Gopika Sampat: Magda, what’s interesting is that you mentioned that there’s a lot of learning going on. And I can also say that there’s a lot of unlearning going on. The information that we receive keeps changing on a daily basis. People are being taught the importance of handwashing again. Many people are still refusing to wear masks in certain countries. So let’s talk about the role of businesses in this. Do you think businesses have a bigger role or responsibility in educating their employees and, you know, the general public? For example, can then collaborate with specific healthcare partners to educate their workforce and, you know, justify the rationale behind their measures?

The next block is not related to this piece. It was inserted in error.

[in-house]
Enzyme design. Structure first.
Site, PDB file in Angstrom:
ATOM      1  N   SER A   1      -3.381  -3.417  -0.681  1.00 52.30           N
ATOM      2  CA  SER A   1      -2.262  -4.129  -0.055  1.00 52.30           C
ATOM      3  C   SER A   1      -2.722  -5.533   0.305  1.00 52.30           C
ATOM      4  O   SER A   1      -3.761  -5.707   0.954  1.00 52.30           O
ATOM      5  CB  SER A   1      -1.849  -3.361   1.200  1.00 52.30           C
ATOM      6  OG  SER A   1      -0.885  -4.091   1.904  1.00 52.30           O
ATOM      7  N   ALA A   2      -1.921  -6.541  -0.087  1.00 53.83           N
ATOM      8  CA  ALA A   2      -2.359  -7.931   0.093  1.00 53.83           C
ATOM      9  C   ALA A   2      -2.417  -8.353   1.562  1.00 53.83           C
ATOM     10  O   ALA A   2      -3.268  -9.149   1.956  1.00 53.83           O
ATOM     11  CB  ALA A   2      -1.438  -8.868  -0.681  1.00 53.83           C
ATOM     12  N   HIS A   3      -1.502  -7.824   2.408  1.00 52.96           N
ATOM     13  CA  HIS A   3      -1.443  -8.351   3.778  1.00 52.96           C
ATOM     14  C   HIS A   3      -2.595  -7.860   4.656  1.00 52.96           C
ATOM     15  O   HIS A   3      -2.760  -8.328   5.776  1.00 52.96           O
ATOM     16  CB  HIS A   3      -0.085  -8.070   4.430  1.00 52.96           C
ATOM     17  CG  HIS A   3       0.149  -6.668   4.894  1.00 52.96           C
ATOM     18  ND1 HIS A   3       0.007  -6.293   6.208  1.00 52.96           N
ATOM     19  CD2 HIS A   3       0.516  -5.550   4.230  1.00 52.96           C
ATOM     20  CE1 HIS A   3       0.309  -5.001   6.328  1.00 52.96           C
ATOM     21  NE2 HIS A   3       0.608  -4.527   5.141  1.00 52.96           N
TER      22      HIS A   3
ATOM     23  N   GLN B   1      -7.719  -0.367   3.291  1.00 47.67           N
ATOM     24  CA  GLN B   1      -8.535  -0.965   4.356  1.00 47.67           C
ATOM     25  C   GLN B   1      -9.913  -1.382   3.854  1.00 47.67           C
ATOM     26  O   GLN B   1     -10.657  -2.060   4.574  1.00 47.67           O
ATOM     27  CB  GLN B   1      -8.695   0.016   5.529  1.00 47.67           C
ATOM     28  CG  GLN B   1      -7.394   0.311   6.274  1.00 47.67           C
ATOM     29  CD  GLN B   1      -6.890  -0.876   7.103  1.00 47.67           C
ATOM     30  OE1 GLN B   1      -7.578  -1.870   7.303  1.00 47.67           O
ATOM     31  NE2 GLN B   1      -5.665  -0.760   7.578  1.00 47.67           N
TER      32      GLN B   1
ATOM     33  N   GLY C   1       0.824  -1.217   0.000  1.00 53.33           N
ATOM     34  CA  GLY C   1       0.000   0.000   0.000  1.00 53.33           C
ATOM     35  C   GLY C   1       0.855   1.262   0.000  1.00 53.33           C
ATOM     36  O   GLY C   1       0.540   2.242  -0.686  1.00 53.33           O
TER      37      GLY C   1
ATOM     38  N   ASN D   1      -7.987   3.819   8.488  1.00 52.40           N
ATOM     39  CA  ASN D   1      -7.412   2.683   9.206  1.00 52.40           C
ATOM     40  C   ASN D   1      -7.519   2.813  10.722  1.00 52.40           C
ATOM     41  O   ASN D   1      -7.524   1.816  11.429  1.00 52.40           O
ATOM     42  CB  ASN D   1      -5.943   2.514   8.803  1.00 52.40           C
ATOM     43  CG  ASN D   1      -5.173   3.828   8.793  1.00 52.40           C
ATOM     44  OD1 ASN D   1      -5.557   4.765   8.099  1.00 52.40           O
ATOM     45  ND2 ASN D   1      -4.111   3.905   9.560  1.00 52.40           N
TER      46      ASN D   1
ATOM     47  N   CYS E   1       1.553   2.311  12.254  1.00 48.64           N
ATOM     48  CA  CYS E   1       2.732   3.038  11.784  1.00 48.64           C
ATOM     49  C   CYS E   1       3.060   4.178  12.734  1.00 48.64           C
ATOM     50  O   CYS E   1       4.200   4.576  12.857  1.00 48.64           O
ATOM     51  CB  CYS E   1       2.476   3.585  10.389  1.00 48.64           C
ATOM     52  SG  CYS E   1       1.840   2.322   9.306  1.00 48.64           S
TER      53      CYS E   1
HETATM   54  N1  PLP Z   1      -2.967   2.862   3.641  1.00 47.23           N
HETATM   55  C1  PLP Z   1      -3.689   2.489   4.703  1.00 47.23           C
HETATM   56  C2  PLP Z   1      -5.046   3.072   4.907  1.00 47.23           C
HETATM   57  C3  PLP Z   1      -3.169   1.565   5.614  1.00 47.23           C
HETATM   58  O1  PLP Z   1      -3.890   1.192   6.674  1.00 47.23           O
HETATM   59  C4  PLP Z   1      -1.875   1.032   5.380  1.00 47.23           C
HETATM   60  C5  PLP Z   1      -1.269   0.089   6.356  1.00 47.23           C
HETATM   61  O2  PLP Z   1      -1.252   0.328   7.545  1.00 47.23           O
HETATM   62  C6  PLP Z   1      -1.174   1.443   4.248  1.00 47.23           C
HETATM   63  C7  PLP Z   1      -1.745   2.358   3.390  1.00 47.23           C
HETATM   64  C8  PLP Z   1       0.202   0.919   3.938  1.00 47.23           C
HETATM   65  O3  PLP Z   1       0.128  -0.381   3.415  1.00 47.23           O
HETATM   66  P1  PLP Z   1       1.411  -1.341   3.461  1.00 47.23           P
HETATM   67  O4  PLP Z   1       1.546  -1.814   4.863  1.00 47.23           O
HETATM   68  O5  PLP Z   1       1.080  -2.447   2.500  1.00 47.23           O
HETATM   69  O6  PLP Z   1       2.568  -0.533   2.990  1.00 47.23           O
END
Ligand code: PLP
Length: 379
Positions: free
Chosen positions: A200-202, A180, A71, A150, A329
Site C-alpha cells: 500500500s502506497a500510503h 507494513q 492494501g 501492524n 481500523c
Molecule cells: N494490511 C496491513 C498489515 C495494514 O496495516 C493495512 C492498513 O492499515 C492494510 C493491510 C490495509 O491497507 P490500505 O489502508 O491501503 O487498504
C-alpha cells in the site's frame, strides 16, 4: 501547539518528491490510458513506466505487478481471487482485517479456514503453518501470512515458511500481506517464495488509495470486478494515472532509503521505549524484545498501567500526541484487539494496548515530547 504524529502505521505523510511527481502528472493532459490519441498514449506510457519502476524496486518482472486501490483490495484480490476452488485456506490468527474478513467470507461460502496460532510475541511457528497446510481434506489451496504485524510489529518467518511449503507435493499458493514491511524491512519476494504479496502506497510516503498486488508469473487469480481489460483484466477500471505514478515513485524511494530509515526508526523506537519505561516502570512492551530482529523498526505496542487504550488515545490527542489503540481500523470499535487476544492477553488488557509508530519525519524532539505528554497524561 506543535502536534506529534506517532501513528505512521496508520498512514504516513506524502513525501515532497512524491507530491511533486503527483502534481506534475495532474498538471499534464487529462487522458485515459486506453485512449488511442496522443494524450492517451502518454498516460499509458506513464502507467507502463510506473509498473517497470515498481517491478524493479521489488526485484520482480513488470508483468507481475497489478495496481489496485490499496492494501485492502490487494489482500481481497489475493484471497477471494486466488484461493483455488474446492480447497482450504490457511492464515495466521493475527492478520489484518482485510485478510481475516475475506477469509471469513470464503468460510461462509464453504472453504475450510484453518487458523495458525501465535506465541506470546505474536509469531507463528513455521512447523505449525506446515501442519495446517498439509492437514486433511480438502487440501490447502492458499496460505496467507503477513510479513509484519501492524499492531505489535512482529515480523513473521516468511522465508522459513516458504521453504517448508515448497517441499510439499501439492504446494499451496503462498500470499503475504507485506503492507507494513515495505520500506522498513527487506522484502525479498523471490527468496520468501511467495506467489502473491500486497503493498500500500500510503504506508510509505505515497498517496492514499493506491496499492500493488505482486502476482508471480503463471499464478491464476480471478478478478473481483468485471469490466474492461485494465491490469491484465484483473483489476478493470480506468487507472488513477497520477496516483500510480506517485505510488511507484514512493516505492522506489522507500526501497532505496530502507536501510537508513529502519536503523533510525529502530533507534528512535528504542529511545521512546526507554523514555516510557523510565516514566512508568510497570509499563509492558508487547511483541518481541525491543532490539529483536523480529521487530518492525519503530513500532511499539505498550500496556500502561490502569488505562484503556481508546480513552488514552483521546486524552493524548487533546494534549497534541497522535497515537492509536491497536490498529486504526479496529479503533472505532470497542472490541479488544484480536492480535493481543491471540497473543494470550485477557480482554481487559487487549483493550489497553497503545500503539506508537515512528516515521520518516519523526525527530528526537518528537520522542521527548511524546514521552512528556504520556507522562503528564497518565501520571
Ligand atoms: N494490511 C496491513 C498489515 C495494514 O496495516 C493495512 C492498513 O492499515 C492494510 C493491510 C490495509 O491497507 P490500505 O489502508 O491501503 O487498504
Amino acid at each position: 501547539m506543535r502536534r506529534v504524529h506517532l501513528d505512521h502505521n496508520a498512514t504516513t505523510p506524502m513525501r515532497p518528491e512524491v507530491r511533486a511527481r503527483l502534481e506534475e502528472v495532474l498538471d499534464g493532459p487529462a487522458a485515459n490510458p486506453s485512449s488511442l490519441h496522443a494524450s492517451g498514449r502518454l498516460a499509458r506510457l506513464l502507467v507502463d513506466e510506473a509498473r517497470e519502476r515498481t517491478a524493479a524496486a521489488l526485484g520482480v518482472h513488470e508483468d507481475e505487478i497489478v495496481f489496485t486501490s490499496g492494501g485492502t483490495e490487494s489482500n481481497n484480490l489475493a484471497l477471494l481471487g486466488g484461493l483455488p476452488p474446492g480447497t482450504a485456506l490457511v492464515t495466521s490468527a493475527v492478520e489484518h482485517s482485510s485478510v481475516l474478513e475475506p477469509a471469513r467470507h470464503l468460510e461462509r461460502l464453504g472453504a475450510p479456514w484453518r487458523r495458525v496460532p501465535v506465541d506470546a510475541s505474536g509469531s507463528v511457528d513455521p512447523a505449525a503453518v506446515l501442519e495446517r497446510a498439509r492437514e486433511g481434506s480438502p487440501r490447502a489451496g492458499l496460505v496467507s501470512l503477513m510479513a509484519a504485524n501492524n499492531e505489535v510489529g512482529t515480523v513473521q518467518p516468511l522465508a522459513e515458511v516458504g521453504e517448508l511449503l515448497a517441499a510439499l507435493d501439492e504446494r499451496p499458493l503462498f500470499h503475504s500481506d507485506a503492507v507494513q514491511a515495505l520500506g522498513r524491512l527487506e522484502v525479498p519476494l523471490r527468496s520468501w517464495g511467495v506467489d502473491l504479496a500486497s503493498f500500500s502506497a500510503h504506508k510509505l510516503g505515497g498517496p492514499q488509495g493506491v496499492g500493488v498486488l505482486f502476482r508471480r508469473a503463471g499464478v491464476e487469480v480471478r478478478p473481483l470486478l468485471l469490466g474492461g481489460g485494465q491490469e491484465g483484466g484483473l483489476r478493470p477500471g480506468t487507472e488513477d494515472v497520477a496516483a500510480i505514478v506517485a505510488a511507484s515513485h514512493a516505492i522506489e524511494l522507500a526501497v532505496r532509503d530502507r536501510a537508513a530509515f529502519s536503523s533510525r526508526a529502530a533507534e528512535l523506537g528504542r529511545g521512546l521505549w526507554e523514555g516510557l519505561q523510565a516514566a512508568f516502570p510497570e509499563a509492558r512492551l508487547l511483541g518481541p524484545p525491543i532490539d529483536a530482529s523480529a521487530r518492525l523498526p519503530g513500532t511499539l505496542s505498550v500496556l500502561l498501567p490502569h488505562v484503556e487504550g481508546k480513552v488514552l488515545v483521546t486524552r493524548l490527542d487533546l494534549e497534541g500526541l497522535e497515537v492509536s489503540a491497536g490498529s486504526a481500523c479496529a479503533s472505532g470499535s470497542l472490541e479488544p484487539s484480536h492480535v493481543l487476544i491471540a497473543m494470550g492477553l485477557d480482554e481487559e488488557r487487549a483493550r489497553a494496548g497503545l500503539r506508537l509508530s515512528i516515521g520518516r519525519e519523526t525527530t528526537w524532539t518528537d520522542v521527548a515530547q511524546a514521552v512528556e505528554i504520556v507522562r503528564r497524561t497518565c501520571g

Magda Rosenmöller: I think that’s crucial. A new responsible for public health authority was appointed here in Catalonia and the first thing he said is that we need to increase the communication to the population, they need to understand why wearing masks is important. It’s like anything preventive in healthcare. As long as nothing happens, people will ask why they should wear a mask especially if they don’t have too many cases. Well until you have cases, and then you might have 50 or 100,000, they have so many deaths at the same time. So we need to keep that high level of alertness. And that’s very difficult to do. And here, I would say, particularly the public authorities should use more social networks in doing that, to really bring that message. I know some of the VIPs, the singers, actors do participate in that. Keeping up the alertness is very important. And here I think companies play a very important role of continuing to keeping up that alertness in the company and of really repeating this is serious. I mentioned the hammer and the dance earlier. We have to be even more alert. It’s much easier to close everything down, stay at home and nothing happened. And that’s it, you will feel secure. But in order to allow economic development, in order to decrease the economic impact and social impact of the pandemic, we need to start and have economic activity. But then the alertness is even more important. So I think it’s very important for the companies to keep that alertness up and keep that up every day and really saying ‘Look, it’s important to wear the mask every day and wear it on the metro. And when you are in close contact with people that you don’t know’. So keeping up the alertness and the seriousness and an understanding of why do we do that. It’s not that we are necessarily doing this for ourselves. We do this for the risk persons in our society, we do this for the elderly generation. And I think we have seen how important that is with the first month here in Europe, the ongoing disease in the US and also in Latin America, numbers from Brazil, of the death toll, I mean, are really, really frightening. So, yes, the role of companies very important in keeping up the alertness, the understanding of this very, very serious disease.